I'm probably not the only Doors fan living in Santa Monica who has discovered that my home turf was once the stomping grounds of none other than Jim Morrison himself - during the pivotal days leading up to the banding together of The Doors.
I researched Jim's history circa 1965, and decided to pedal my way to places Jim lived, played, and chowed down (cheap, when he was a broke UCLA student).
It was such a blast I wanted to jot down the details so I could take friends and do it again.
And the Jim Morrison bike tour through Jim's favorite haunts in Santa Monica and Venice Beach was created. I hope you'll enjoy this breezy beach ride into musical history as much as we did!
From Ray and Jim's first interactions at UCLA to their fateful meeting on the beach in Santa Monica - this is where it all happened.
On a laid-back summer day in 1965, Ray Manzarek spotted fellow UCLA film graduate Jim Morrison on the beach in Santa Monica.
As they walked along the beach, Morrison sang the lyrics of "Moonlight Drive," and Manzarek filled in the melody with some cords of his own.
Morrison followed with "My Eyes Have Seen You" and "Summer's Almost Gone" after which Manzarek declared: "We gotta form a band!"
With the addition of drummer John Densmore and guitarist Robby Krieger shortly after that, the iconic band "The Doors" was born.
In tribute, this Jim Morrison bike tour of Santa Monica and Venice Beach was created.
The Jim Morrison bike tour is a leisurely, 3-mile beach cruise that hits the top 10 places Morrison stayed and played during those pivotal years from 1965 to 1970.
This bike tour starts at the very first place where Jim Morrison sang on stage on June 5, 1965. And if I've missed any spot, please let me know below, and I'll be sure to add it to the list.
Below is a map overview of the Jim Morrison bike tour route; click on the + (bottom right) to get a closer look at the route details.
The Jim Morrison bike tour begins at Turkey Joint West (today it's an English pub called Ye Olde Kings Head). This is where Ray Manzarek and his brothers played as Rick and the Ravens for extra spending money as the resident band.
Jim and other UCLA students flocked here for the cheap food and drinks, and to shout out requests for songs they wanted to hear.
One night, Ray announced: "Ladies and gentlemen, we have a special treat tonight. A guest in the audience who happens to be a fine poet and a man I'd like to bring on stage to have him help me out in a special version of 'Louie Louie' - Jim Morrison!"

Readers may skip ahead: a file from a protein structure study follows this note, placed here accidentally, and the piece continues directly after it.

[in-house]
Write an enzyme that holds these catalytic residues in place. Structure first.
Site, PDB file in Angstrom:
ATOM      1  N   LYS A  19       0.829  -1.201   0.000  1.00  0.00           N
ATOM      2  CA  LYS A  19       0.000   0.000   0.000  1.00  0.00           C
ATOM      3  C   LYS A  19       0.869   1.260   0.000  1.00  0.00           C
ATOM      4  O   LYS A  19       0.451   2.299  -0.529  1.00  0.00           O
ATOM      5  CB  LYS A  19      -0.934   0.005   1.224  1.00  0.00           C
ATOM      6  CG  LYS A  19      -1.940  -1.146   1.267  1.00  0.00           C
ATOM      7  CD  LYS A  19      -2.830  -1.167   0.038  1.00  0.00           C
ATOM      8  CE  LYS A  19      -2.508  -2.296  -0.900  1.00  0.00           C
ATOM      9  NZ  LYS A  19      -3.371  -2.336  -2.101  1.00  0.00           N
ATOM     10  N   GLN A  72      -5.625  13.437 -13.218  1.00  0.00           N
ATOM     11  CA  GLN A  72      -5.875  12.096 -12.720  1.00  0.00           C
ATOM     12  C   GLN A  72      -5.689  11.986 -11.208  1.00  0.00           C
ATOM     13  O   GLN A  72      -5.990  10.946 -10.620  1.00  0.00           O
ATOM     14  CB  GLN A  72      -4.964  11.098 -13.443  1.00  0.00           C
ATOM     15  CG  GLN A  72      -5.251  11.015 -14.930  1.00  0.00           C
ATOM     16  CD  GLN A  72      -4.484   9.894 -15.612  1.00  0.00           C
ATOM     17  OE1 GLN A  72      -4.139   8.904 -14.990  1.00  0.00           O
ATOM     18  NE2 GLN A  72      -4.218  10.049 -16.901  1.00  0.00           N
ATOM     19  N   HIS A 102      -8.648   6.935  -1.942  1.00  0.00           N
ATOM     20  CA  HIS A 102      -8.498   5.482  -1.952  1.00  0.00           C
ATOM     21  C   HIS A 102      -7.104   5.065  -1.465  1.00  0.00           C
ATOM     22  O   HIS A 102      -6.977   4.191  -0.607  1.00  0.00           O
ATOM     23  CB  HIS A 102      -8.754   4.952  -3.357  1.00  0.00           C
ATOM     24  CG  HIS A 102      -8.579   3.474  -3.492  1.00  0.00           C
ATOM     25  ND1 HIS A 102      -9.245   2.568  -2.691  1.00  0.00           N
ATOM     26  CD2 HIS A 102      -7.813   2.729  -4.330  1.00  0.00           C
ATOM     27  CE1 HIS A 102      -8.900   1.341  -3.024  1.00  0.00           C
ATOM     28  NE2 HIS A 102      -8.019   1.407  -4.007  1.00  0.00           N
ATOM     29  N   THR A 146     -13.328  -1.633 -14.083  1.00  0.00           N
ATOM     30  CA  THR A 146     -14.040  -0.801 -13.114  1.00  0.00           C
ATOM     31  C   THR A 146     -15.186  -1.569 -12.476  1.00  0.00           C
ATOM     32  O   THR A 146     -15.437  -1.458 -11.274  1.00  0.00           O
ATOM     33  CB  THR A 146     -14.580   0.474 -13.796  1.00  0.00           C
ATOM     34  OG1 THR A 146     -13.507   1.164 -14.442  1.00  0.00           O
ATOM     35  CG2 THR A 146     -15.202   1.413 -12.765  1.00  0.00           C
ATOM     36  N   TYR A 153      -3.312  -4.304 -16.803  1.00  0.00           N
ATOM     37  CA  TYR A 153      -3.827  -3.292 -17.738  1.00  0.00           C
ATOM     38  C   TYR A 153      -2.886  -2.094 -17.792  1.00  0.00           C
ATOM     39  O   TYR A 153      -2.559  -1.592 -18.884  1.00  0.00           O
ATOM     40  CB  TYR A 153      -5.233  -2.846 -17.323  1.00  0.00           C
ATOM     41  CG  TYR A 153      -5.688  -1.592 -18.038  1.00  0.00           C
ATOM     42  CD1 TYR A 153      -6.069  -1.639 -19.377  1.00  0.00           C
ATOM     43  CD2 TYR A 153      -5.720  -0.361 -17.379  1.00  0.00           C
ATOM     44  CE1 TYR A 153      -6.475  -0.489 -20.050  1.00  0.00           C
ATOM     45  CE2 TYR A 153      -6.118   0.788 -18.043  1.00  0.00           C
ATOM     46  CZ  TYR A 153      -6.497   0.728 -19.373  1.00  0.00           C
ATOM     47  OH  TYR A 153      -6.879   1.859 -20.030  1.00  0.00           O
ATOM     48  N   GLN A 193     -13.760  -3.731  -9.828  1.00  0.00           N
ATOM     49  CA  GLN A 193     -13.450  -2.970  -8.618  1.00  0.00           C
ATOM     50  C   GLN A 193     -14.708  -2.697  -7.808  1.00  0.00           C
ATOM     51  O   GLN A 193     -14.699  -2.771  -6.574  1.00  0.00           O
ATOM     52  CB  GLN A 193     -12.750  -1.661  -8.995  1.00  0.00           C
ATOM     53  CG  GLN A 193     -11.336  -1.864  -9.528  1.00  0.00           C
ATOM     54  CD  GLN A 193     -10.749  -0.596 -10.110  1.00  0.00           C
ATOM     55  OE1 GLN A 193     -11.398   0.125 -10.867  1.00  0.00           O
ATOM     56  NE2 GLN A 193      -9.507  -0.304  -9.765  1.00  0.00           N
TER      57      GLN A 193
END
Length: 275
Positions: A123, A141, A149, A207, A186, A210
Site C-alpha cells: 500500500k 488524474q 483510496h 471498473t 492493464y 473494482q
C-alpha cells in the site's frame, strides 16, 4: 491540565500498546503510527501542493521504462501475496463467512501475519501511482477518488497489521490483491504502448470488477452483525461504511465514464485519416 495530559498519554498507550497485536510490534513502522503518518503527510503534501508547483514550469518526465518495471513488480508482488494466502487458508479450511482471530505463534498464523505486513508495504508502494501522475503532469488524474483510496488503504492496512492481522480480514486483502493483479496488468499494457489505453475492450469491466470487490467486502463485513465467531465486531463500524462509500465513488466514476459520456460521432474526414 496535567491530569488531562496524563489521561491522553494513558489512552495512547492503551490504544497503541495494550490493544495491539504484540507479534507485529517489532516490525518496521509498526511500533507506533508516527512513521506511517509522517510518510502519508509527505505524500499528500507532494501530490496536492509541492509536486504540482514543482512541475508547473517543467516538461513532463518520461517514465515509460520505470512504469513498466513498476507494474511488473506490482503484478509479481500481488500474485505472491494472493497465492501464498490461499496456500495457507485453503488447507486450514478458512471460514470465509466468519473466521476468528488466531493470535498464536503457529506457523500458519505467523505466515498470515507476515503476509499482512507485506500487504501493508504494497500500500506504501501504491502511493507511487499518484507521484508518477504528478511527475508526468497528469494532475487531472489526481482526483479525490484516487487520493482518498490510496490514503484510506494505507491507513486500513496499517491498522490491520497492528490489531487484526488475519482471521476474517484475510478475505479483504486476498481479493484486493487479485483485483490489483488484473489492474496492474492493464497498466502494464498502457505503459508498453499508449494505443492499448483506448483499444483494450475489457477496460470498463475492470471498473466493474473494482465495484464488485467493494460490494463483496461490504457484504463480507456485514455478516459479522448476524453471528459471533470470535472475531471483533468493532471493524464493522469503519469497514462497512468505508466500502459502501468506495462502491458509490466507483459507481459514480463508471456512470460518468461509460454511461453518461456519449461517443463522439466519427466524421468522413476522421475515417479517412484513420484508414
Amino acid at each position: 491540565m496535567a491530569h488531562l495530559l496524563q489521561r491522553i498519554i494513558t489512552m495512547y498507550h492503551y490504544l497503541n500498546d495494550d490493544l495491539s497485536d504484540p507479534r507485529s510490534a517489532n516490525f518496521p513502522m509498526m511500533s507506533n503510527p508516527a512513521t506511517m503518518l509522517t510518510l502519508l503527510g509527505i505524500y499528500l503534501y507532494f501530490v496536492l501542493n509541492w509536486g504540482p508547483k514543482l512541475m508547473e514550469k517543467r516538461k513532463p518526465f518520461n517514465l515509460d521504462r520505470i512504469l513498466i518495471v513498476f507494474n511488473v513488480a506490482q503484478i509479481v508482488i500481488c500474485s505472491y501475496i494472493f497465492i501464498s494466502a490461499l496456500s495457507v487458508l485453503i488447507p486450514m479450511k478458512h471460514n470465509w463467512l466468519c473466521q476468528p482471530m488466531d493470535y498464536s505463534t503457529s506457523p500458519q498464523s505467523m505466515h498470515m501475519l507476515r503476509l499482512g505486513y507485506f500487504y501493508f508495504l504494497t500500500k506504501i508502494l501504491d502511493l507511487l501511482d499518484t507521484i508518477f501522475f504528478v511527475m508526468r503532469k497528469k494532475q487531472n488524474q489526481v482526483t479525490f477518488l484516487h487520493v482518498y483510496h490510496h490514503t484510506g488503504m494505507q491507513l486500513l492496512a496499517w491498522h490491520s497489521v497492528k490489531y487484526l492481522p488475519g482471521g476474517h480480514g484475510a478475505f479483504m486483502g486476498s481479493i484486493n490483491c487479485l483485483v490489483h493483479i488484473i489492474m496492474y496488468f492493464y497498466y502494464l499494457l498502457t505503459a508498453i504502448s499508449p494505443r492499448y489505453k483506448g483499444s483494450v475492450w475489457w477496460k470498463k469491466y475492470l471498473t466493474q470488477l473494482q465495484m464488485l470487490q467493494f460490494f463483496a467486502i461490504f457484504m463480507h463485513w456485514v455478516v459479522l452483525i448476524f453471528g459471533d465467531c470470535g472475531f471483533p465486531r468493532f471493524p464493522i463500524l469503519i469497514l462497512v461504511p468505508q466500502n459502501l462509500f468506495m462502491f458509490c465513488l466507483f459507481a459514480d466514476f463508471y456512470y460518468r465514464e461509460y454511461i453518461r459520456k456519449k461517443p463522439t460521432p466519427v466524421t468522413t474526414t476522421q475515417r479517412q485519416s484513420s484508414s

Jim joined Ray and the band onstage for an over-the-top rendition of "Louie Louie."
The initial stage is visible today, to the left of the current bar. 116 Santa Monica Blvd., Santa Monica.
The famous Santa Monica Pier leads from Ocean Avenue into the Pacific, resting on strong tree trunks.
Not only the famous song "Under The Boardwalk" originated here, but also several well-known promotional photos of The Doors by Henry Diltz. 200 Santa Monica Pier, Santa Monica.
The Doors, returning from New York after a successful gig at Steve Paul's "The Scene," played a series of West Coast shows starting with the July 3, 1967 performance at the Santa Monica Civic Auditorium.
The Civic Center today remains an active part of Santa Monica life, although concerts are a rarity.
Located at the corner of Pico Boulevard and Main Street, the Civic Center has been revamped and refurbished and stands next to the Santa Monica Court House. 1855 Main Street, Santa Monica.
Shortly after Ray and Jim's meeting on the beach, Jim moved in with the couple at this garage apartment on Fraser Avenue, just off Neilson Way in Santa Monica near Ocean Park.
You'll find it a few houses in along a street full of charming little houses.
Jim slept in the main bedroom, as Ray and Dorothy chose to move their mattress into the living room to be closer to the heater. And Jim had an electric blanket. The Jim Morrison bike tour wouldn't be complete without a stop here.